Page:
Updated: Jan 11
As ranchers for nearly a decade, our aim is to first-and-foremost keep everyone and everyone's property safe. Next is to make sure the cattle stay as safe as possible. If you've ever seen cows in a fenced pasture from the road or elsewhere, I can guarantee you the ranchers wished you and everyone around you knew this information. I don't want to discourage anyone from a cow encounter, but I do want to teach you how to do it safely and respectfully!
NEVER and I mean NEVER enter a fence or cow pasture without expressed permission or the owner of the cows being present with you. While cows seem gentle and harmless (and many can be), they are very large, unpredictable (especially if frightened), and just like humans--each has its own temperament. I'm an experienced cattle wrangler and there are some members of our own herd I will not get in a pasture with. Plain and simple. Cattle, especially bulls and moms protecting their young can get very territorial, upset, and charge or trample a person in a matter of seconds. It's not worth it. There's a saying "Never trust a bull" for a reason. It doesn't matter how nice or tame a bull seems (any age), they can turn in a second and become aggressive. Even an overly playful bull can do damage to fencing, vehicles, and definitely humans. They're big and mostly muscle, so they're STRONG. Also, to fully debunk the myth: you cannot tip a cow, they're really good at standing up. In fact, it's pretty darn tough to get a week-old calf on the ground, much less a fully grown cow, bull, or steer. You'll simply scare it off or provoke it to protect itself, which could end badly for you. Cows sleep laying down contrary to popular belief. They're prey animals and they have better eyesight than us at night. They can see 330° all around them and with a turn of their head, they can quickly see the other 30°. That means if they're looking side-to-side, they can get a 360° view of their environment in seconds. Whether they're standing or laying down, they're listening and watching and know you're there before you even enter their pasture.
Never feed cattle unless the owner has given permission to do so and only feed them what and how much they approve. Feeding treats to cows can be fun, however, over-doing it can lead to (sometimes severe enough to require veterinary intervention) digestive problems or worse, especially if the animal is not used to what they're being fed in large quantities. Just because you have a bag of cattle feed doesn't mean it's safe for the animal to feed it, and especially not the whole bag--less is more as a cow's digestive system can be thrown off quite easily. Our cattle are grass fed. This means their gut microbes and pH are balanced on and accustomed to a grass-only diet. Feeding a lot of grain-based cattle feed or cubes at once can cause the pH to become very acidic, kill off good microbes, and cause bad microbes to multiply too quickly. Not feeding grain is the main way we keep our cattle so healthy (it's not good for them and it's not what they're designed to eat). Anything outside of the cow's routine diet can lead to digestive upset, severe sickness, bloat, and yes--even death of the animal.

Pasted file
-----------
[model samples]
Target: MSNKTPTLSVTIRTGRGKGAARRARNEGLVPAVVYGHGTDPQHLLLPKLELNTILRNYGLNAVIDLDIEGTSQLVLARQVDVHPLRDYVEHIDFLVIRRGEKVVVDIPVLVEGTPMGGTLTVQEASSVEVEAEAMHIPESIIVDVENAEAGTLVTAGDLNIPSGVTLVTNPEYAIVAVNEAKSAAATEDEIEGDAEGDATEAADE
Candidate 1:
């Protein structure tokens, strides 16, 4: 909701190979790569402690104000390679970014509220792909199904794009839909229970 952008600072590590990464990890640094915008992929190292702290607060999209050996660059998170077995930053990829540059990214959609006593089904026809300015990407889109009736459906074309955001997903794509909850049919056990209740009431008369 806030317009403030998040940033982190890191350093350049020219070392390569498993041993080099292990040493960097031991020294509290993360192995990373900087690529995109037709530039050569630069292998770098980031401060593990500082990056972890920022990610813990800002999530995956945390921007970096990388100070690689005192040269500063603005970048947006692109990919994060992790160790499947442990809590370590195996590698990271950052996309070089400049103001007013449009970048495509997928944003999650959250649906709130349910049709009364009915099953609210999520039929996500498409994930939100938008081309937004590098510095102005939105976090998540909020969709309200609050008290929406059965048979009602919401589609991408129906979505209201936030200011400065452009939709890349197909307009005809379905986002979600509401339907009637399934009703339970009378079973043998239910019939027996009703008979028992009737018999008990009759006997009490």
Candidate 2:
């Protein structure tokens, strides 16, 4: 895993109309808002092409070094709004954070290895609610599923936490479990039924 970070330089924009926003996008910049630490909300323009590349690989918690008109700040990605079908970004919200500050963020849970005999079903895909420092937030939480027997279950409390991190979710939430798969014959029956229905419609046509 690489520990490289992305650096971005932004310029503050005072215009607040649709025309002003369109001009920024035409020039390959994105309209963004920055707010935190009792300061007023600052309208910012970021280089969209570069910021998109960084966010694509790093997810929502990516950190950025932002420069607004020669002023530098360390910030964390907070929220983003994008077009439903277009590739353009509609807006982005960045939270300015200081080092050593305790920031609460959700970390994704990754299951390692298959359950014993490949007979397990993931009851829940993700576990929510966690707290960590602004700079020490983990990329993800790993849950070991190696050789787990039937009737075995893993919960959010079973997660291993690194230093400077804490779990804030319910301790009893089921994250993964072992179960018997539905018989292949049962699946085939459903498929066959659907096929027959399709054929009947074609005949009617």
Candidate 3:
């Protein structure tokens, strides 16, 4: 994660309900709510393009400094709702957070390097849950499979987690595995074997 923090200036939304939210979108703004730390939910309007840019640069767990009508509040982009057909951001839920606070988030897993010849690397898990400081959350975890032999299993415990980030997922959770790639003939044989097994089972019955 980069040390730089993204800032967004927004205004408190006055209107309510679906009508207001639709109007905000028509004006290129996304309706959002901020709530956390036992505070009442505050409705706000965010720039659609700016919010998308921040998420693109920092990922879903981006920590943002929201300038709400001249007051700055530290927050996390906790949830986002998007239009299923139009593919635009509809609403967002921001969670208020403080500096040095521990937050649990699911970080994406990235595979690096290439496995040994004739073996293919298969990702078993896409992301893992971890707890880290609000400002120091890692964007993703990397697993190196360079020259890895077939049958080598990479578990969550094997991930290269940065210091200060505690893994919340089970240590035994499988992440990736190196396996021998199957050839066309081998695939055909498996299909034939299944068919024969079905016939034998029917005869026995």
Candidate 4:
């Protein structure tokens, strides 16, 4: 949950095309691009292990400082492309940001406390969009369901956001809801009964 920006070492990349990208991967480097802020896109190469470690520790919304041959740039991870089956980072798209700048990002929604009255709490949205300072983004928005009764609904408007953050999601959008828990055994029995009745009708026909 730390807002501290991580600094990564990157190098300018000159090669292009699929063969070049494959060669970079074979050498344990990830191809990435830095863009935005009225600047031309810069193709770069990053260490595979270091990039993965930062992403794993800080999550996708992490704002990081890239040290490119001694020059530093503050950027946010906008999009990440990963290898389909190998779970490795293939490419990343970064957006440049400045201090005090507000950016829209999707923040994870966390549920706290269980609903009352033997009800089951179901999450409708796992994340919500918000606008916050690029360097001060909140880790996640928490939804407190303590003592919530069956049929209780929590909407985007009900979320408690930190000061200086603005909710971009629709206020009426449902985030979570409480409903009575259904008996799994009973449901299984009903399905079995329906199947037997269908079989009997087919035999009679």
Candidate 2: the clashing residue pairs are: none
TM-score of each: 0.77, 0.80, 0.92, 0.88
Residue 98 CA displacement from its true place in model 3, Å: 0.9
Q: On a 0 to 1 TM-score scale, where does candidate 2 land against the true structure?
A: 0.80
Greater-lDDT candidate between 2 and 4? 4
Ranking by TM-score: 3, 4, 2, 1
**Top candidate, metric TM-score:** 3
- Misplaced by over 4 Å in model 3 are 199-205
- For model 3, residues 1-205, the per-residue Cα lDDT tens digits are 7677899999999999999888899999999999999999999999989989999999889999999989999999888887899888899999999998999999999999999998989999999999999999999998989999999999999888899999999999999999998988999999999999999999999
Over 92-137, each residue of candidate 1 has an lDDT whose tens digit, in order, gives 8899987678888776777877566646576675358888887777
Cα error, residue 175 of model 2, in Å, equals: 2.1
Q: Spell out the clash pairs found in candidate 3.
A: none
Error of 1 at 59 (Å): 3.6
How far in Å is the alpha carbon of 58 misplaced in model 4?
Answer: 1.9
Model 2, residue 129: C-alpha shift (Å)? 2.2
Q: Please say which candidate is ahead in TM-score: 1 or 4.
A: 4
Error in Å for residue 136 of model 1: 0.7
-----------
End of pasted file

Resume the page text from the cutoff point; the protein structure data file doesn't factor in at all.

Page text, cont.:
NEVER hold feed or treats on your side of the fence forcing cattle to put any parts of their faces or heads through or over fencing. This not only damages the fencing and could hurt the animal, but encourages them to challenge fencing. If they figure out they can put their head through just enough to get that lucious blade of grass on the other side of the fence without too much pain, they'll start doing it everywhere. Eventually they'll find the weakest part of the fence and probably get through it. Barbed-wire cattle fencing is a mind game for cows. They can easily get through it or jump it--they're 600-1100lbs of tough skin and muscle. Their respect of the 5 strands of barbed wire is essential to keep them where they need to be, to keep people and property safe where they are pastured, keep them out of roadways and front yards, and keep the rancher from needing to go and capture them in dangerous and costly ways from woods, highways, neighborhoods, and businesses. When a cow, bull, or steer jumps or breaks through a fence, it's very stressful for everyone involved. Cattle are not only living creatures that require safe and proper care, but also a rancher's investment of time, energy, and money. Fencing materials to repair fences are not cheap, either. Not to mention it can be really dangerous to try and capture a loose cow and it often requires lots of man-power, sometimes police officers, and time we simply don't have to lose. All this to say, if you want to feed a cow a treat, but are unwilling to put your hand inside the fence so they don't have to stretch through or over it (which I DO NOT recommend--one cow shoving another against your hand or arm could absolutely break it), the best and safest way is to toss the treats over to them. Even a more substantial fence than barbed wire, if cows are encouraged to bear any weight on the fence with their necks while feeding, can cause it to stretch and sag, damaging it and causing a low spot for any herd members who are prone to being "jumpers." You may not get to hand-feed them, but you are helping the ranchers keep everyone and everything safe, secure, and undamged.
It's our goal to share as much as possible about our beloved cattle friends and give you all the information possible to have a safe and happy encounter with them!